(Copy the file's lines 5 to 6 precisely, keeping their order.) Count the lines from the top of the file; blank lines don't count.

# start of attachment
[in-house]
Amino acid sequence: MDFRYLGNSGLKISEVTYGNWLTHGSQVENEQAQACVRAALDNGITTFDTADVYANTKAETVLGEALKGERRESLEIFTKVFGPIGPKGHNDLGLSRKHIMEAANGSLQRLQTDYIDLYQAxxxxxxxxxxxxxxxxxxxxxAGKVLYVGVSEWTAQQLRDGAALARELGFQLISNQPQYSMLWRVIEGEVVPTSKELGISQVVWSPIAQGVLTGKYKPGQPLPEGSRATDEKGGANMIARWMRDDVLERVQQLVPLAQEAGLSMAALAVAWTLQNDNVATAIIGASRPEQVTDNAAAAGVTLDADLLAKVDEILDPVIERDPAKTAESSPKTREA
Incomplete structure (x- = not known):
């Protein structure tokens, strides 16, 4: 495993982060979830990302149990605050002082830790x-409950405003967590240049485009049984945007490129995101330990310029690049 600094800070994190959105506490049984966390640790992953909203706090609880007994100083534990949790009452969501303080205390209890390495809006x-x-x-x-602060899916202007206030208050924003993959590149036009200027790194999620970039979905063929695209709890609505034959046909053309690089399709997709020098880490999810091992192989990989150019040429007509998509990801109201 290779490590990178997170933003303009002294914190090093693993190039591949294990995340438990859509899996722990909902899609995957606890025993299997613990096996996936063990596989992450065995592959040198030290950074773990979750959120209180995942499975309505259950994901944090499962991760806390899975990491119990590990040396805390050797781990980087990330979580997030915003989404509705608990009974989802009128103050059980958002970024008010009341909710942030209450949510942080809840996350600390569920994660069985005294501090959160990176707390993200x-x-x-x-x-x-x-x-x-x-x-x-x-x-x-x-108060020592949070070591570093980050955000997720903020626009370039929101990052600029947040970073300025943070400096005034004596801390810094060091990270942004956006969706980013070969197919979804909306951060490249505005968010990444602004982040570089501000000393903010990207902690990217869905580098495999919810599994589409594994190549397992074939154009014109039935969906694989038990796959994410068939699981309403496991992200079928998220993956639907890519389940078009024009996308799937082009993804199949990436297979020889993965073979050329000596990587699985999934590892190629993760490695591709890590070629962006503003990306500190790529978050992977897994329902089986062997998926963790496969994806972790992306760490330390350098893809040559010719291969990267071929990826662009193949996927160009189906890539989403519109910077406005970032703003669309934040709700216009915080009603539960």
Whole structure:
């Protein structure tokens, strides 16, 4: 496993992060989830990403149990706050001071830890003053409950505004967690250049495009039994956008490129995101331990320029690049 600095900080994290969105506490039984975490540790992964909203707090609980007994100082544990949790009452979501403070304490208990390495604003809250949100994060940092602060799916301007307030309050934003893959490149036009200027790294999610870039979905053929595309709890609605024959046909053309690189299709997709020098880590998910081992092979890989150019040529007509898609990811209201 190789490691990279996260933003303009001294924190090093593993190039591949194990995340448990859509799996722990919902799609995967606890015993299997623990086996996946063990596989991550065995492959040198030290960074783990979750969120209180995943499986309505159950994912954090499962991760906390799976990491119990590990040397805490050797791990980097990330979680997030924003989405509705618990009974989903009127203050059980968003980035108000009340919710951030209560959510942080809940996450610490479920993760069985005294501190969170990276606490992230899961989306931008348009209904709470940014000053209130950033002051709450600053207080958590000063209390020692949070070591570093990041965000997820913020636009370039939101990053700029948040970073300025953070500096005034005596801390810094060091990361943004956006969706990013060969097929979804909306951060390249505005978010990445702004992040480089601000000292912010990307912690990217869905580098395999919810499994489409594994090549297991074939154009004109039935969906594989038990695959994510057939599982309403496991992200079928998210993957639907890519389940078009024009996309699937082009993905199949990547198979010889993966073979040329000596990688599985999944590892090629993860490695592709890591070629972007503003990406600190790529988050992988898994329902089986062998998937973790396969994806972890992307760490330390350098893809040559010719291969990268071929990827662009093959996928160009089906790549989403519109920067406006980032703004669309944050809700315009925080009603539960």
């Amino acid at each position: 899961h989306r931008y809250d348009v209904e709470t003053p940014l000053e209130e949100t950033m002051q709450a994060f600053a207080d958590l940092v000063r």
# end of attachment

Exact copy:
Whole structure:
């Protein structure tokens, strides 16, 4: 496993992060989830990403149990706050001071830890003053409950505004967690250049495009039994956008490129995101331990320029690049 600095900080994290969105506490039984975490540790992964909203707090609980007994100082544990949790009452979501403070304490208990390495604003809250949100994060940092602060799916301007307030309050934003893959490149036009200027790294999610870039979905053929595309709890609605024959046909053309690189299709997709020098880590998910081992092979890989150019040529007509898609990811209201 190789490691990279996260933003303009001294924190090093593993190039591949194990995340448990859509799996722990919902799609995967606890015993299997623990086996996946063990596989991550065995492959040198030290960074783990979750969120209180995943499986309505159950994912954090499962991760906390799976990491119990590990040397805490050797791990980097990330979680997030924003989405509705618990009974989903009127203050059980968003980035108000009340919710951030209560959510942080809940996450610490479920993760069985005294501190969170990276606490992230899961989306931008348009209904709470940014000053209130950033002051709450600053207080958590000063209390020692949070070591570093990041965000997820913020636009370039939101990053700029948040970073300025953070500096005034005596801390810094060091990361943004956006969706990013060969097929979804909306951060390249505005978010990445702004992040480089601000000292912010990307912690990217869905580098395999919810499994489409594994090549297991074939154009004109039935969906594989038990695959994510057939599982309403496991992200079928998210993957639907890519389940078009024009996309699937082009993905199949990547198979010889993966073979040329000596990688599985999944590892090629993860490695592709890591070629972007503003990406600190790529988050992988898994329902089986062998998937973790396969994806972890992307760490330390350098893809040559010719291969990268071929990827662009093959996928160009089906790549989403519109920067406006980032703004669309944050809700315009925080009603539960």